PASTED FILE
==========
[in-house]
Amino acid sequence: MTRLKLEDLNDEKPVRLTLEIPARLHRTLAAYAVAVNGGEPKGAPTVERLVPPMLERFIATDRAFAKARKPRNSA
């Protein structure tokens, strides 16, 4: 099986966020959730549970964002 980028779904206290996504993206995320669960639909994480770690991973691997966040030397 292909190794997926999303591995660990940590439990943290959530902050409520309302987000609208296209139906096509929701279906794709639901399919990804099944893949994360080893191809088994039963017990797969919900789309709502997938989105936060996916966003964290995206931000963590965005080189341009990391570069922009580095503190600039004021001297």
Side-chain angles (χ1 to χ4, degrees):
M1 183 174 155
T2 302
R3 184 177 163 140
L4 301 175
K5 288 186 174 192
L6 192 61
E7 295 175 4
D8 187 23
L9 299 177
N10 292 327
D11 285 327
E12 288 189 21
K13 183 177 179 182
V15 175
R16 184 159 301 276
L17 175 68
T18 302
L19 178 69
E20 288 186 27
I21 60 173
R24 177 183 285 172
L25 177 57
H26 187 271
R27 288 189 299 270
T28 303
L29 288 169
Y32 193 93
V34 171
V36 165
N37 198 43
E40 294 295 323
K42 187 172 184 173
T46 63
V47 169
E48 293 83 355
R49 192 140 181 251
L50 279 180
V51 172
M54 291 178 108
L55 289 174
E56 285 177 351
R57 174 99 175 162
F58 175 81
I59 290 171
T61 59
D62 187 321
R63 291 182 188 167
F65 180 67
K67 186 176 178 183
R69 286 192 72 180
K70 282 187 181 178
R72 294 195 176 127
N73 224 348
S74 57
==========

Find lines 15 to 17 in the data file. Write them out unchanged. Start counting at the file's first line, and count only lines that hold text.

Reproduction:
D11 285 327
E12 288 189 21
K13 183 177 179 182